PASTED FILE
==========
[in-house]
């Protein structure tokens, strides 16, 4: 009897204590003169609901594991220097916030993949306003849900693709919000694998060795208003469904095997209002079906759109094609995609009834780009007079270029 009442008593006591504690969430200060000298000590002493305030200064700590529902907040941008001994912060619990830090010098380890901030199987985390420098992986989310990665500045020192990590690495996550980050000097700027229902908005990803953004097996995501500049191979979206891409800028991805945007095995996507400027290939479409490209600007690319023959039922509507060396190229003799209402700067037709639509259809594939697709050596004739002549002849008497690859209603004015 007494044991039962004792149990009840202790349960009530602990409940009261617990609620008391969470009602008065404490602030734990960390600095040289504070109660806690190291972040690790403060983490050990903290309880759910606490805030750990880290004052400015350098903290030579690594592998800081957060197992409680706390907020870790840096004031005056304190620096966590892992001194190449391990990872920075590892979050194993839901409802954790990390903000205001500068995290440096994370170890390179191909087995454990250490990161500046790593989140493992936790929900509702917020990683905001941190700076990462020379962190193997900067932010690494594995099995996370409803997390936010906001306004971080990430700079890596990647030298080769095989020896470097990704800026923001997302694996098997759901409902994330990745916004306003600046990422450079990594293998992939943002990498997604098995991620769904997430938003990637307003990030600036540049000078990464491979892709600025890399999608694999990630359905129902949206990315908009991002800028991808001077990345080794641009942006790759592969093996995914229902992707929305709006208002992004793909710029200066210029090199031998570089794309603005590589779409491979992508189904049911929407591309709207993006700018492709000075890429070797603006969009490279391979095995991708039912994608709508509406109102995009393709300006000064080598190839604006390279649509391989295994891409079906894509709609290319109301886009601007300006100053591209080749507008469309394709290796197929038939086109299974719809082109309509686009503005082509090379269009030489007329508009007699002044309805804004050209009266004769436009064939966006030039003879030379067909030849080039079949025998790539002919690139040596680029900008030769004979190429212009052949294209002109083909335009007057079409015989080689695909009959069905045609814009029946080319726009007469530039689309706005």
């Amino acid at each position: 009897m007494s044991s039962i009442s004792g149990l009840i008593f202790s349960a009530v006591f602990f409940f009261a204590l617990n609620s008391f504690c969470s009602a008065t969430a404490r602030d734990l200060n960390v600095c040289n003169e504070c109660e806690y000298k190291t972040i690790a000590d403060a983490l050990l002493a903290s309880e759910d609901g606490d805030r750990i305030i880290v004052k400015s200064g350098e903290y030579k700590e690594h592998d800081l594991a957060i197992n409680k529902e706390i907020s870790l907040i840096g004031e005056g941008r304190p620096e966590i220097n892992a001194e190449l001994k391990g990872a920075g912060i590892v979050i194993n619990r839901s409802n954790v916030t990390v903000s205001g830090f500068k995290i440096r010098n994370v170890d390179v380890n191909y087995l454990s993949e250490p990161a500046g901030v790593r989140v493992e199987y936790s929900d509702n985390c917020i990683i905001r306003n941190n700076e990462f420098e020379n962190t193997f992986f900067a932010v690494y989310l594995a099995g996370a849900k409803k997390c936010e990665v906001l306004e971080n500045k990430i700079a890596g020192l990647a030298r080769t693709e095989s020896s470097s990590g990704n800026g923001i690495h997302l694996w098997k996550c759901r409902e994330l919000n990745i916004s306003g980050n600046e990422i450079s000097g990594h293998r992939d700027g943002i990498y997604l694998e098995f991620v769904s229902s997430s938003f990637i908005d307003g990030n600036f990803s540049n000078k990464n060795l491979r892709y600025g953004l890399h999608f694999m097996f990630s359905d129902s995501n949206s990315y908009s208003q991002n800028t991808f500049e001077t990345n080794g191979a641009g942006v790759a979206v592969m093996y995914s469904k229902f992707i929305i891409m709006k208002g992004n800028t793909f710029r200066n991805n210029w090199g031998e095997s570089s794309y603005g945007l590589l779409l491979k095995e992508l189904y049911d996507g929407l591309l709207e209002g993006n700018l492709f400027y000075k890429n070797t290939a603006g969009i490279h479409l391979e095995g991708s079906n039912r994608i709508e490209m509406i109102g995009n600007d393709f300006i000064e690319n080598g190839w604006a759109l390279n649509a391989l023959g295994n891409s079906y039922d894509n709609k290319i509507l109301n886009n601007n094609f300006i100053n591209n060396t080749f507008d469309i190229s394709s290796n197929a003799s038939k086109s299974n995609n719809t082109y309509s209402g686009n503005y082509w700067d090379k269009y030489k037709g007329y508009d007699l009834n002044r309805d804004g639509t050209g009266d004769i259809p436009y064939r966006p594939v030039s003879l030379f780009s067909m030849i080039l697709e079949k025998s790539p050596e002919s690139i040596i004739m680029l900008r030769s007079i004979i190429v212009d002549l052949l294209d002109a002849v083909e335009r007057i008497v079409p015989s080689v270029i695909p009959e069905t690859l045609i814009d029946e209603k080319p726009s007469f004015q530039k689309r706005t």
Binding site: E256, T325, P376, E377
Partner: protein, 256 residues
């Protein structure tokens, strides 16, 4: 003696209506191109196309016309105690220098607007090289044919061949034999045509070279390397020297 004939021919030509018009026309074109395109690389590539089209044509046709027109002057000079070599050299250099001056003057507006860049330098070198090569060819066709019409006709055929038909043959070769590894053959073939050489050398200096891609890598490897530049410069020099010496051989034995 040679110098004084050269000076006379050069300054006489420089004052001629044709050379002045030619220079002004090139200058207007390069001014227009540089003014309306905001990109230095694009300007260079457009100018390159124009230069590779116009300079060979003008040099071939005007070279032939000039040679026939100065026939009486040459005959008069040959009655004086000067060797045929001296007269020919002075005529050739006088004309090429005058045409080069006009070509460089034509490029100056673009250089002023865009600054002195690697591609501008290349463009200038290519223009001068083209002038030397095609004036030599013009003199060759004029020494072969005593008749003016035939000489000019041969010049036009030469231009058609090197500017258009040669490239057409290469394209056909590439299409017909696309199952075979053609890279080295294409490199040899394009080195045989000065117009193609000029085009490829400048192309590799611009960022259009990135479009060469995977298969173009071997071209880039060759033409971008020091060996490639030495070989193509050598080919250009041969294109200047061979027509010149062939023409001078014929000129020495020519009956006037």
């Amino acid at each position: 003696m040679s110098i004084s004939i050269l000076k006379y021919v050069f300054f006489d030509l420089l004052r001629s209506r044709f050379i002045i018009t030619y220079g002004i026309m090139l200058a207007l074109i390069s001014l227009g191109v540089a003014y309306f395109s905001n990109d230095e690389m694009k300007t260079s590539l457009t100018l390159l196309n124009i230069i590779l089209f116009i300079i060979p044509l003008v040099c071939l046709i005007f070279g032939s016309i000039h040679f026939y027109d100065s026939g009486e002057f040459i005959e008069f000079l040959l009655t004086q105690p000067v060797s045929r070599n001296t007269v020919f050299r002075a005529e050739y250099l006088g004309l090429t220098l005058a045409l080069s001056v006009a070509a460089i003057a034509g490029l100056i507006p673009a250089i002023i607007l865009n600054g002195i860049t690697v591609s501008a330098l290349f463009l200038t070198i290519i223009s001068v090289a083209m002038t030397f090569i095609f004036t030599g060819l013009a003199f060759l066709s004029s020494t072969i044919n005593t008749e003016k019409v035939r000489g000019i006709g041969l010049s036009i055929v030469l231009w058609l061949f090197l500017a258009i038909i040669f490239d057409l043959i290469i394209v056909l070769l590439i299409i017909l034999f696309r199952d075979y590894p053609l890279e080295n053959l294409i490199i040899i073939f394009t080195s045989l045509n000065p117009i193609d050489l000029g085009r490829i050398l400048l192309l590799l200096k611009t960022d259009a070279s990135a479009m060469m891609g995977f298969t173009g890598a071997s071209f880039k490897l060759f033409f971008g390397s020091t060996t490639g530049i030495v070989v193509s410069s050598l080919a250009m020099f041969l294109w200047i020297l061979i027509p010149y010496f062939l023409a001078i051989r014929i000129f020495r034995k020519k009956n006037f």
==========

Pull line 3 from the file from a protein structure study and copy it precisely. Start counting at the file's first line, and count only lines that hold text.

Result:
């Amino acid at each position: 009897m007494s044991s039962i009442s004792g149990l009840i008593f202790s349960a009530v006591f602990f409940f009261a204590l617990n609620s008391f504690c969470s009602a008065t969430a404490r602030d734990l200060n960390v600095c040289n003169e504070c109660e806690y000298k190291t972040i690790a000590d403060a983490l050990l002493a903290s309880e759910d609901g606490d805030r750990i305030i880290v004052k400015s200064g350098e903290y030579k700590e690594h592998d800081l594991a957060i197992n409680k529902e706390i907020s870790l907040i840096g004031e005056g941008r304190p620096e966590i220097n892992a001194e190449l001994k391990g990872a920075g912060i590892v979050i194993n619990r839901s409802n954790v916030t990390v903000s205001g830090f500068k995290i440096r010098n994370v170890d390179v380890n191909y087995l454990s993949e250490p990161a500046g901030v790593r989140v493992e199987y936790s929900d509702n985390c917020i990683i905001r306003n941190n700076e990462f420098e020379n962190t193997f992986f900067a932010v690494y989310l594995a099995g996370a849900k409803k997390c936010e990665v906001l306004e971080n500045k990430i700079a890596g020192l990647a030298r080769t693709e095989s020896s470097s990590g990704n800026g923001i690495h997302l694996w098997k996550c759901r409902e994330l919000n990745i916004s306003g980050n600046e990422i450079s000097g990594h293998r992939d700027g943002i990498y997604l694998e098995f991620v769904s229902s997430s938003f990637i908005d307003g990030n600036f990803s540049n000078k990464n060795l491979r892709y600025g953004l890399h999608f694999m097996f990630s359905d129902s995501n949206s990315y908009s208003q991002n800028t991808f500049e001077t990345n080794g191979a641009g942006v790759a979206v592969m093996y995914s469904k229902f992707i929305i891409m709006k208002g992004n800028t793909f710029r200066n991805n210029w090199g031998e095997s570089s794309y603005g945007l590589l779409l491979k095995e992508l189904y049911d996507g929407l591309l709207e209002g993006n700018l492709f400027y000075k890429n070797t290939a603006g969009i490279h479409l391979e095995g991708s079906n039912r994608i709508e490209m509406i109102g995009n600007d393709f300006i000064e690319n080598g190839w604006a759109l390279n649509a391989l023959g295994n891409s079906y039922d894509n709609k290319i509507l109301n886009n601007n094609f300006i100053n591209n060396t080749f507008d469309i190229s394709s290796n197929a003799s038939k086109s299974n995609n719809t082109y309509s209402g686009n503005y082509w700067d090379k269009y030489k037709g007329y508009d007699l009834n002044r309805d804004g639509t050209g009266d004769i259809p436009y064939r966006p594939v030039s003879l030379f780009s067909m030849i080039l697709e079949k025998s790539p050596e002919s690139i040596i004739m680029l900008r030769s007079i004979i190429v212009d002549l052949l294209d002109a002849v083909e335009r007057i008497v079409p015989s080689v270029i695909p009959e069905t690859l045609i814009d029946e209603k080319p726009s007469f004015q530039k689309r706005t």